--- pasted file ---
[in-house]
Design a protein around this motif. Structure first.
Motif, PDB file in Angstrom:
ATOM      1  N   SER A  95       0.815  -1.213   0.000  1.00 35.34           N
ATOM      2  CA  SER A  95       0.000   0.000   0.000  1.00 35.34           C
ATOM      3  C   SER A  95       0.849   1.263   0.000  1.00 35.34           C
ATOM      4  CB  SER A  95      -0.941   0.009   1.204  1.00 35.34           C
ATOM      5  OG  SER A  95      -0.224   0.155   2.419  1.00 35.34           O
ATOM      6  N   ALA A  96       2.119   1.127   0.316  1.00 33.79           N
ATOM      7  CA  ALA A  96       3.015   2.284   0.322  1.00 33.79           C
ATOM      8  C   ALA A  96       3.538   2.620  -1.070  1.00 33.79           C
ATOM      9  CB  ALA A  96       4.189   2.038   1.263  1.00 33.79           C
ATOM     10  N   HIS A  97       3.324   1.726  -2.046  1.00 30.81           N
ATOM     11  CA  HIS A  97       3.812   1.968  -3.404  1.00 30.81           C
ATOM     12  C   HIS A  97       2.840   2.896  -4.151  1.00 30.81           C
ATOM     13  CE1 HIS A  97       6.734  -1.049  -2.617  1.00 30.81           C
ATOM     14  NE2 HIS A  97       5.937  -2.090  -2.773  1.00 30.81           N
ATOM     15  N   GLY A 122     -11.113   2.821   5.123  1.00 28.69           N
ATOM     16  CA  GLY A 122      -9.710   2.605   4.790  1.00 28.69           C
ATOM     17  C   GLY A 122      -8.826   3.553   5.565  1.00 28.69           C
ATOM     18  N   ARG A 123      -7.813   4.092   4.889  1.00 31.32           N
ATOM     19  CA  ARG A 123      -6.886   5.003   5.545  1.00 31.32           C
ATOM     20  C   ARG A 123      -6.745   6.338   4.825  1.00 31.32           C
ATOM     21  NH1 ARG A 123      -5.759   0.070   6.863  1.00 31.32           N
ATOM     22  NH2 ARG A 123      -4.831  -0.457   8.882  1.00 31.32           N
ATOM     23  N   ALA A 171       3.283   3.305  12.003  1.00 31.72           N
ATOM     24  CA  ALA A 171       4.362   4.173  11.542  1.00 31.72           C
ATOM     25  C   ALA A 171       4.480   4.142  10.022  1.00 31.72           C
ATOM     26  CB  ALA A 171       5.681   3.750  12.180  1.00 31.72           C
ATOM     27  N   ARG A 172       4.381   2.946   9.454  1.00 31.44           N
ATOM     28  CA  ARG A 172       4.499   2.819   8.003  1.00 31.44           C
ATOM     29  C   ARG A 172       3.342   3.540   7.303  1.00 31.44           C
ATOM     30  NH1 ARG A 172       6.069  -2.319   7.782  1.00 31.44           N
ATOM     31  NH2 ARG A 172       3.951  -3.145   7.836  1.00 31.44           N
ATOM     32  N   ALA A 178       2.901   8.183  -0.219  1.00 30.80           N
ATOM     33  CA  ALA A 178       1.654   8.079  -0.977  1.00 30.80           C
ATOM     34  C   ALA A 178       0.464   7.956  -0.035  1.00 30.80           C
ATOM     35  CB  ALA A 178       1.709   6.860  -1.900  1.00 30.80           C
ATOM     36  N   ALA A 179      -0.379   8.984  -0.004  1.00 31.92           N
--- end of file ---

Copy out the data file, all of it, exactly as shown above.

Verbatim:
[in-house]
Design a protein around this motif. Structure first.
Motif, PDB file in Angstrom:
ATOM      1  N   SER A  95       0.815  -1.213   0.000  1.00 35.34           N
ATOM      2  CA  SER A  95       0.000   0.000   0.000  1.00 35.34           C
ATOM      3  C   SER A  95       0.849   1.263   0.000  1.00 35.34           C
ATOM      4  CB  SER A  95      -0.941   0.009   1.204  1.00 35.34           C
ATOM      5  OG  SER A  95      -0.224   0.155   2.419  1.00 35.34           O
ATOM      6  N   ALA A  96       2.119   1.127   0.316  1.00 33.79           N
ATOM      7  CA  ALA A  96       3.015   2.284   0.322  1.00 33.79           C
ATOM      8  C   ALA A  96       3.538   2.620  -1.070  1.00 33.79           C
ATOM      9  CB  ALA A  96       4.189   2.038   1.263  1.00 33.79           C
ATOM     10  N   HIS A  97       3.324   1.726  -2.046  1.00 30.81           N
ATOM     11  CA  HIS A  97       3.812   1.968  -3.404  1.00 30.81           C
ATOM     12  C   HIS A  97       2.840   2.896  -4.151  1.00 30.81           C
ATOM     13  CE1 HIS A  97       6.734  -1.049  -2.617  1.00 30.81           C
ATOM     14  NE2 HIS A  97       5.937  -2.090  -2.773  1.00 30.81           N
ATOM     15  N   GLY A 122     -11.113   2.821   5.123  1.00 28.69           N
ATOM     16  CA  GLY A 122      -9.710   2.605   4.790  1.00 28.69           C
ATOM     17  C   GLY A 122      -8.826   3.553   5.565  1.00 28.69           C
ATOM     18  N   ARG A 123      -7.813   4.092   4.889  1.00 31.32           N
ATOM     19  CA  ARG A 123      -6.886   5.003   5.545  1.00 31.32           C
ATOM     20  C   ARG A 123      -6.745   6.338   4.825  1.00 31.32           C
ATOM     21  NH1 ARG A 123      -5.759   0.070   6.863  1.00 31.32           N
ATOM     22  NH2 ARG A 123      -4.831  -0.457   8.882  1.00 31.32           N
ATOM     23  N   ALA A 171       3.283   3.305  12.003  1.00 31.72           N
ATOM     24  CA  ALA A 171       4.362   4.173  11.542  1.00 31.72           C
ATOM     25  C   ALA A 171       4.480   4.142  10.022  1.00 31.72           C
ATOM     26  CB  ALA A 171       5.681   3.750  12.180  1.00 31.72           C
ATOM     27  N   ARG A 172       4.381   2.946   9.454  1.00 31.44           N
ATOM     28  CA  ARG A 172       4.499   2.819   8.003  1.00 31.44           C
ATOM     29  C   ARG A 172       3.342   3.540   7.303  1.00 31.44           C
ATOM     30  NH1 ARG A 172       6.069  -2.319   7.782  1.00 31.44           N
ATOM     31  NH2 ARG A 172       3.951  -3.145   7.836  1.00 31.44           N
ATOM     32  N   ALA A 178       2.901   8.183  -0.219  1.00 30.80           N
ATOM     33  CA  ALA A 178       1.654   8.079  -0.977  1.00 30.80           C
ATOM     34  C   ALA A 178       0.464   7.956  -0.035  1.00 30.80           C
ATOM     35  CB  ALA A 178       1.709   6.860  -1.900  1.00 30.80           C
ATOM     36  N   ALA A 179      -0.379   8.984  -0.004  1.00 31.92           N